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CAPE TOWNDistant relatives within the Volkswagen AG family, the similarities between the Porsche 911 and VW Golf both in terms of their respective achievements to date, as well as where they find themselves within a modern motoring era, are quite pertinent. Both entering the eighth phase of their lifecycles while remaining cornerstones of their respective maker’s product portfolios, each has also in recent times been surpassed in terms of monthly sales figures by SUV-based siblings. It’s also unlikely the next generation of either the 911 or the Golf will be launched without some form of electrification within their respective drivetrains.

Having both reached a point in their design evolution where their makers prefer to fettle rather than experiment with a proven, winning formula, it’s the Stuttgart-based brand that is most precious about carrying the iconic shape of its 911 through each iteration. Under the current leadership of design guru Michael Mauer, the 992-generation 911’s shape represents a step forward in terms of dynamics and form, while also paying intricate homage to its predecessors. Look closely and you’ll note the return of the distinct bonnet recess while, for the first time since the (1994) 993, the headlamp units no longer cut into the front bumper. Also harking back to (Turbo) 911s of old is the LED light bar that links the taillamps and forms part of an intricate rear lighting arrangement that incorporates a hydraulically controlled wing and supplementary vertically mounted brakelamps.

Sharing its wheelbase with the outgoing model, the big news in terms of overall dimensions is the fact both the rear-wheel-drive Carrera 2 and all-wheel-drive Carrera 4 models now share the same wide body stance. With a 45 mm broader footprint compared with the 991-generation Carrera 2, this means owners of the rear-wheel drive 992-gen 911 are afforded the visual appeal of a more substantial posture, but also more assured dynamics courtesy of corresponding wider track widths.

Highlights of the updated interior include a driver’s seat that is now able to adjusted up to 5 mm lower than previously (at its lowest setting ultimately too low even for my 186 cm frame), as well as a neat application of the brand’s latest infotainment and switchgear arrangement. While a 10,9-inch touchscreen display offers crisp, concise functionality, I do miss the look and feel of some of the “old-school” buttons deleted for the cause; most notably the one to activate the (optional) sport exhaust. Here, Porsche has seen fit to retain a collection of analogue pre-select buttons sited below the touchscreen.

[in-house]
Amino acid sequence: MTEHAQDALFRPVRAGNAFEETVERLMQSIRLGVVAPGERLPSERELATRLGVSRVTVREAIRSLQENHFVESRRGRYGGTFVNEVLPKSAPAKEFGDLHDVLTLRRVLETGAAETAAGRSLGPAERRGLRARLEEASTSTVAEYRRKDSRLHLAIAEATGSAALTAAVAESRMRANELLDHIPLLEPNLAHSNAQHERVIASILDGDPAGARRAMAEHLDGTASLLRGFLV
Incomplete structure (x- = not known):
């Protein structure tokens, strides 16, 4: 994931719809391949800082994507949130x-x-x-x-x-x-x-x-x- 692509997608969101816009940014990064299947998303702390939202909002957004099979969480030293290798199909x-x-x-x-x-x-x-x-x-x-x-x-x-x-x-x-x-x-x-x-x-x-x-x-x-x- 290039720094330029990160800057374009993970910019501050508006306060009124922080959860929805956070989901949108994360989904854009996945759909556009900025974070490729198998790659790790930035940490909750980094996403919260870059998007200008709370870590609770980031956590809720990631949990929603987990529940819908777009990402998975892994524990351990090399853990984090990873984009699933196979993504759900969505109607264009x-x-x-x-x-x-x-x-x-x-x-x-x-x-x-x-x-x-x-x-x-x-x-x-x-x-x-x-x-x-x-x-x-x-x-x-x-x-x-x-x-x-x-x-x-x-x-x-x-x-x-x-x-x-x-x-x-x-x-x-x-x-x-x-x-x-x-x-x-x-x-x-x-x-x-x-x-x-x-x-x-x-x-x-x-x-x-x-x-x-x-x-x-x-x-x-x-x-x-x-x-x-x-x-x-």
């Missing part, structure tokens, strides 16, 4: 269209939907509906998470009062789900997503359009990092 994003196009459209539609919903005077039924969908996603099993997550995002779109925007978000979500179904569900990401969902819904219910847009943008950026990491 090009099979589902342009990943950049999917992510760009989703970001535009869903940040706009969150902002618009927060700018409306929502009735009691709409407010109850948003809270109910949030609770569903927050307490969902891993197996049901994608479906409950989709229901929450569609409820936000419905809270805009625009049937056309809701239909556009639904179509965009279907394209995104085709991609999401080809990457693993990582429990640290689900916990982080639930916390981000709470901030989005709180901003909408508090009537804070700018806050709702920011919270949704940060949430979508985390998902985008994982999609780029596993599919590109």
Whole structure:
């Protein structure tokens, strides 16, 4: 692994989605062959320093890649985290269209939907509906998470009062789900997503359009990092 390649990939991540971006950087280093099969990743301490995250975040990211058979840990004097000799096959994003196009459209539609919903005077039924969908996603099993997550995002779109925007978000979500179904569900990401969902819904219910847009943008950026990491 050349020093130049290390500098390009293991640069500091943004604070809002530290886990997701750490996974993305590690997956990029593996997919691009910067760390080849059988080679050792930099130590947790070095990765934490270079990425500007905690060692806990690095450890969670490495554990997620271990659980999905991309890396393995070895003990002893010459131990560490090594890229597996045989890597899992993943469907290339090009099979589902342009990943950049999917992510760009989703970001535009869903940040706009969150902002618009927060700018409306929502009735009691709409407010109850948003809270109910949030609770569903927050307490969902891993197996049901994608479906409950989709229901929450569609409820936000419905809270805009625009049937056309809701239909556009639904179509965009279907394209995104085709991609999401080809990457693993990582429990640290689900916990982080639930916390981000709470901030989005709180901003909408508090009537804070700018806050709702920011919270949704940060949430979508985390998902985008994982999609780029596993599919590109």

On the topic, I also miss the beautifully crafted transmission lever from the 991-generation cars. With the more compact new item looking like a USB stick, I did prefer using the fantastically positioned old lever for manual transmission inputs. While retaining its steering wheel-mounted paddle shifters for manual shifting, the new Carrera S range incorporates an all-new 8-speed PDK transmission mated with a heavily revised 2 981 cm3 flat-six engine. Boasting uprated turbochargers and Piezo injectors, larger intercoolers and an upgraded exhaust system, as well as re-engineered engine mounts, the new car delivers 331 kW and 530 N.m of torque between 2 300 and 5 000 r/min. Fitted with an optional Sport Chrono package (Porsche South Africa says virtually all customers tick this box), the new Carrera 4S is capable of a 0-100 km/h sprint in just 3,4 seconds (the Carrera 2S in 3,5 seconds). Top speed for the all-wheel-drive model is quoted as 306 km/h.

With our local test drive starting at 6:30 am on a Monday morning – a full hour before sunrise – it offered attending journalists an ideal opportunity to sample the new 911 in a real-world environment, complete with associated traffic congestion and, indeed, pedestrian activity. For the sportscar that has earned an enviable reputation for being able to manage all driving conditions in stride, the latest-generation 911 proved not only immediately comfortable while negotiating the confines of an urban setting, but also impressively inconspicuous and, indeed, unintimidating while integrating with other traffic.

Away from the city and enjoying the clarity of a crisp Cape winter’s morning, the latest 911 continues where the previous car left off by offering superb levels of balance, agility and feel, allowing its driver to explore the limits of his/her driving capabilities without the levels of intimidation or, indeed, intensity broadly associated with rival cars ultimately also capable of covering distances as effectively as a 911.